The global atomic watchdog has approved an agreement with Pakistan for its second nuclear power plant, being built with Chinese assistance, the foreign ministry said on Saturday.
The 35-member Board of Governors of the International Atomic Energy Agency (IAEA) on Thursday unanimously approved the safeguards agreement for Pakistan's Chashma Nuclear Power Plant Unit-2, the ministry said in a statement.
"The approval of the agreement is a success for Pakistan and recognition of its non-proliferation commitments," it said and added that a similar safeguards agreement was also in place for Chashma-1 in the central Punjab province.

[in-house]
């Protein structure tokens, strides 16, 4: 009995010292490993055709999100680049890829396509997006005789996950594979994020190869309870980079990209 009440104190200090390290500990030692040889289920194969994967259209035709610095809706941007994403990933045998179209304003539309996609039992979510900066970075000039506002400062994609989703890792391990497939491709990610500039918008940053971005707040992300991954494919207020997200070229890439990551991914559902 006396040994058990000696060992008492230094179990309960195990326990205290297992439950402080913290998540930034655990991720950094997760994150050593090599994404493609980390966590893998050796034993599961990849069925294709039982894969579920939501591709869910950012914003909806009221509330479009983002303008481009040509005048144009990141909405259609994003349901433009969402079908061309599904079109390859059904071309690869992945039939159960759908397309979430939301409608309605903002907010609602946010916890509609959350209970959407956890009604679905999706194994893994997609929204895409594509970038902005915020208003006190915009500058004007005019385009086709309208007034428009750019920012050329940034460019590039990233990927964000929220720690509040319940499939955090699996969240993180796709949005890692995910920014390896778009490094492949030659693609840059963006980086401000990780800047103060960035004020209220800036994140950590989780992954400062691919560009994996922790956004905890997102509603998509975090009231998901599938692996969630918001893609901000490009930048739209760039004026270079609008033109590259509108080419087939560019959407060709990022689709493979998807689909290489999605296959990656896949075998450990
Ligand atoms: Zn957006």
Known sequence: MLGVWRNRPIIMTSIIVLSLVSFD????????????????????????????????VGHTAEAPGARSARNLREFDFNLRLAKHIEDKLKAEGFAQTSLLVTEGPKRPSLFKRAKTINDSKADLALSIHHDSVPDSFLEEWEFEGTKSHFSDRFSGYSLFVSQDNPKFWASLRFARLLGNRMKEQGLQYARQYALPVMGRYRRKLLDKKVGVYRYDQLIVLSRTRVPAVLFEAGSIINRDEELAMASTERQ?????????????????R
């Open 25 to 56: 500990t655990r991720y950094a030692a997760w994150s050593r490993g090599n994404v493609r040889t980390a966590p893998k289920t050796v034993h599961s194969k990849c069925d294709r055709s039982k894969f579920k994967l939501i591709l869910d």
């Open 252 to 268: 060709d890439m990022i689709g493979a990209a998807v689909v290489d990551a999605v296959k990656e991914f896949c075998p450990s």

Chashma-2 is part of Pakistan's "Energy Security Plan", that envisages an increase in nuclear power generation from the current 425 mega watts to 8800 mega watts by 2030 to meet its growing energy demands, it said.
Pakistan is one of the only three non-Nuclear Proliferation Treaty member states that enjoy the right of concluding such a safeguards agreement, it said.
Pakistan has already placed two research reactors and two nuclear power plants under the Agency's safeguards.
"Pakistan has been fulfilling its obligations in respect of these agreements and looks forward to continued cooperation with the Agency within the framework of the applicable safeguards agreements in future as well," it said.
Chinese President Hu Jintao currently visiting Pakistan said on Friday that Beijing would continue to help Pakistan with its nuclear power industry but did not announce any new deal with long-term ally Islamabad.
Pakistan's nuclear programme had been under the global spotlight after its former chief atomic scientist Abdul Qadeer Khan admitted in 2004 that he had provided nuclear technology to North Korea, Libya and Iran.